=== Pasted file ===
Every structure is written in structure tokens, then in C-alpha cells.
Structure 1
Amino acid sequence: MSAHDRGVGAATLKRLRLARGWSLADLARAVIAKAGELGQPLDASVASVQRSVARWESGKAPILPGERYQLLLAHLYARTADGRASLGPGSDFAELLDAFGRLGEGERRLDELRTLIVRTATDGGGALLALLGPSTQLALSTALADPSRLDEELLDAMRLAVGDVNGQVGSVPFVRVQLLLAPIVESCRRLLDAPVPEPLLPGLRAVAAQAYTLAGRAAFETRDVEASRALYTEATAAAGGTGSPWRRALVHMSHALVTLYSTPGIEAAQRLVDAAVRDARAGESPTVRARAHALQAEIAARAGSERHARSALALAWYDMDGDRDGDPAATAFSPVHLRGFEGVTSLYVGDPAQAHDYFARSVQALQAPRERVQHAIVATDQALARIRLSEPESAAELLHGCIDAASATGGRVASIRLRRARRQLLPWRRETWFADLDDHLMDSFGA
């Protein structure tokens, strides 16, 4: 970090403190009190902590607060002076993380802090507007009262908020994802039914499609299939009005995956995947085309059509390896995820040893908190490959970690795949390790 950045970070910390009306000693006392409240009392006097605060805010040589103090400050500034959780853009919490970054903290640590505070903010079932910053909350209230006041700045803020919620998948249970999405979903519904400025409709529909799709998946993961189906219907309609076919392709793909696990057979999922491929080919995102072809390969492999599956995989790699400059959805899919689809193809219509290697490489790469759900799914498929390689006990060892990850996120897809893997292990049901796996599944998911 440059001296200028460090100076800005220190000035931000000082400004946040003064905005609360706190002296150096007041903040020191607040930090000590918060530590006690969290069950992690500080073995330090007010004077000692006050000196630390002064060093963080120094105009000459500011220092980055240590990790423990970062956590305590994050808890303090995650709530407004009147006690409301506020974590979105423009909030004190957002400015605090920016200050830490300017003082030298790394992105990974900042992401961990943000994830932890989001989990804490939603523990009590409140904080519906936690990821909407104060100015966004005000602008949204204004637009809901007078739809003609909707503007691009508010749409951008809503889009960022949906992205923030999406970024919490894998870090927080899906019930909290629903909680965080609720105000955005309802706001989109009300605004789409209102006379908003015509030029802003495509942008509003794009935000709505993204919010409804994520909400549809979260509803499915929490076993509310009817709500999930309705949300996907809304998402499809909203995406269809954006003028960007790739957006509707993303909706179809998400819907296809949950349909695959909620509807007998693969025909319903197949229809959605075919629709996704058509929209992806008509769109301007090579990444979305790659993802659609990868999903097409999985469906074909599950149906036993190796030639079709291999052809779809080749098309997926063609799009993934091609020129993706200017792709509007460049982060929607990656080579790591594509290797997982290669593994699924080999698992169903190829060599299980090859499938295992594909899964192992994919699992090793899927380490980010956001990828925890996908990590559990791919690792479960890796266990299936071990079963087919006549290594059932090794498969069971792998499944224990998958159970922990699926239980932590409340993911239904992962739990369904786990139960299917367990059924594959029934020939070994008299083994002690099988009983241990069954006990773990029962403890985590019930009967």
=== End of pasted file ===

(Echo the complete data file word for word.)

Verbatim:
Every structure is written in structure tokens, then in C-alpha cells.
Structure 1
Amino acid sequence: MSAHDRGVGAATLKRLRLARGWSLADLARAVIAKAGELGQPLDASVASVQRSVARWESGKAPILPGERYQLLLAHLYARTADGRASLGPGSDFAELLDAFGRLGEGERRLDELRTLIVRTATDGGGALLALLGPSTQLALSTALADPSRLDEELLDAMRLAVGDVNGQVGSVPFVRVQLLLAPIVESCRRLLDAPVPEPLLPGLRAVAAQAYTLAGRAAFETRDVEASRALYTEATAAAGGTGSPWRRALVHMSHALVTLYSTPGIEAAQRLVDAAVRDARAGESPTVRARAHALQAEIAARAGSERHARSALALAWYDMDGDRDGDPAATAFSPVHLRGFEGVTSLYVGDPAQAHDYFARSVQALQAPRERVQHAIVATDQALARIRLSEPESAAELLHGCIDAASATGGRVASIRLRRARRQLLPWRRETWFADLDDHLMDSFGA
């Protein structure tokens, strides 16, 4: 970090403190009190902590607060002076993380802090507007009262908020994802039914499609299939009005995956995947085309059509390896995820040893908190490959970690795949390790 950045970070910390009306000693006392409240009392006097605060805010040589103090400050500034959780853009919490970054903290640590505070903010079932910053909350209230006041700045803020919620998948249970999405979903519904400025409709529909799709998946993961189906219907309609076919392709793909696990057979999922491929080919995102072809390969492999599956995989790699400059959805899919689809193809219509290697490489790469759900799914498929390689006990060892990850996120897809893997292990049901796996599944998911 440059001296200028460090100076800005220190000035931000000082400004946040003064905005609360706190002296150096007041903040020191607040930090000590918060530590006690969290069950992690500080073995330090007010004077000692006050000196630390002064060093963080120094105009000459500011220092980055240590990790423990970062956590305590994050808890303090995650709530407004009147006690409301506020974590979105423009909030004190957002400015605090920016200050830490300017003082030298790394992105990974900042992401961990943000994830932890989001989990804490939603523990009590409140904080519906936690990821909407104060100015966004005000602008949204204004637009809901007078739809003609909707503007691009508010749409951008809503889009960022949906992205923030999406970024919490894998870090927080899906019930909290629903909680965080609720105000955005309802706001989109009300605004789409209102006379908003015509030029802003495509942008509003794009935000709505993204919010409804994520909400549809979260509803499915929490076993509310009817709500999930309705949300996907809304998402499809909203995406269809954006003028960007790739957006509707993303909706179809998400819907296809949950349909695959909620509807007998693969025909319903197949229809959605075919629709996704058509929209992806008509769109301007090579990444979305790659993802659609990868999903097409999985469906074909599950149906036993190796030639079709291999052809779809080749098309997926063609799009993934091609020129993706200017792709509007460049982060929607990656080579790591594509290797997982290669593994699924080999698992169903190829060599299980090859499938295992594909899964192992994919699992090793899927380490980010956001990828925890996908990590559990791919690792479960890796266990299936071990079963087919006549290594059932090794498969069971792998499944224990998958159970922990699926239980932590409340993911239904992962739990369904786990139960299917367990059924594959029934020939070994008299083994002690099988009983241990069954006990773990029962403890985590019930009967």